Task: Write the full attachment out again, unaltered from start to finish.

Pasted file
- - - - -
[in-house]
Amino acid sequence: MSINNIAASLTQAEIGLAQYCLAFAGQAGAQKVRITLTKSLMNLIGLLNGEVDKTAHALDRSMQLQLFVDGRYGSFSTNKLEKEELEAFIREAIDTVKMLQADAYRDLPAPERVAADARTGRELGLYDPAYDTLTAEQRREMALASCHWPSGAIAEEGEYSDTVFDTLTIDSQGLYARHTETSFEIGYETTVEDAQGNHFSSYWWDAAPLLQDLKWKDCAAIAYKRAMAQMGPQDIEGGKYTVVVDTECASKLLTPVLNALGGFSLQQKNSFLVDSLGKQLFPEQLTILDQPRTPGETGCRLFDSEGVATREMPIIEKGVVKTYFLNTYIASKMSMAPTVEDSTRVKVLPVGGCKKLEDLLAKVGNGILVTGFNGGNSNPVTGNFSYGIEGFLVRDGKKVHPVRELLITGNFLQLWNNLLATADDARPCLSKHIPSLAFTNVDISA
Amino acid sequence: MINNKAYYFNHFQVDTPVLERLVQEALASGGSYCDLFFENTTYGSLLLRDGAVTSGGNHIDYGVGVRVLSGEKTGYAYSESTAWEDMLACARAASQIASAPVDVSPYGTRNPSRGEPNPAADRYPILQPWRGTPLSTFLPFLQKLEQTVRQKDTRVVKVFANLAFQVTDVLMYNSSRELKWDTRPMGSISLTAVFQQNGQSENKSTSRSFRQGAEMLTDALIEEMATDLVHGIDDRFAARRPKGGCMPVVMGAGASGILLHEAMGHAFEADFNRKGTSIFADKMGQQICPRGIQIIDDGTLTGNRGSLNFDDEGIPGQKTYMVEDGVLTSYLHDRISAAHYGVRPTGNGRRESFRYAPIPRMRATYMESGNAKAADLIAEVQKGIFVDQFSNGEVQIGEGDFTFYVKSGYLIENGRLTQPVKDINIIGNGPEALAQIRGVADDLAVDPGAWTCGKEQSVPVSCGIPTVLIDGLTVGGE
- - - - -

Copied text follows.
[in-house]
Amino acid sequence: MSINNIAASLTQAEIGLAQYCLAFAGQAGAQKVRITLTKSLMNLIGLLNGEVDKTAHALDRSMQLQLFVDGRYGSFSTNKLEKEELEAFIREAIDTVKMLQADAYRDLPAPERVAADARTGRELGLYDPAYDTLTAEQRREMALASCHWPSGAIAEEGEYSDTVFDTLTIDSQGLYARHTETSFEIGYETTVEDAQGNHFSSYWWDAAPLLQDLKWKDCAAIAYKRAMAQMGPQDIEGGKYTVVVDTECASKLLTPVLNALGGFSLQQKNSFLVDSLGKQLFPEQLTILDQPRTPGETGCRLFDSEGVATREMPIIEKGVVKTYFLNTYIASKMSMAPTVEDSTRVKVLPVGGCKKLEDLLAKVGNGILVTGFNGGNSNPVTGNFSYGIEGFLVRDGKKVHPVRELLITGNFLQLWNNLLATADDARPCLSKHIPSLAFTNVDISA
Amino acid sequence: MINNKAYYFNHFQVDTPVLERLVQEALASGGSYCDLFFENTTYGSLLLRDGAVTSGGNHIDYGVGVRVLSGEKTGYAYSESTAWEDMLACARAASQIASAPVDVSPYGTRNPSRGEPNPAADRYPILQPWRGTPLSTFLPFLQKLEQTVRQKDTRVVKVFANLAFQVTDVLMYNSSRELKWDTRPMGSISLTAVFQQNGQSENKSTSRSFRQGAEMLTDALIEEMATDLVHGIDDRFAARRPKGGCMPVVMGAGASGILLHEAMGHAFEADFNRKGTSIFADKMGQQICPRGIQIIDDGTLTGNRGSLNFDDEGIPGQKTYMVEDGVLTSYLHDRISAAHYGVRPTGNGRRESFRYAPIPRMRATYMESGNAKAADLIAEVQKGIFVDQFSNGEVQIGEGDFTFYVKSGYLIENGRLTQPVKDINIIGNGPEALAQIRGVADDLAVDPGAWTCGKEQSVPVSCGIPTVLIDGLTVGGE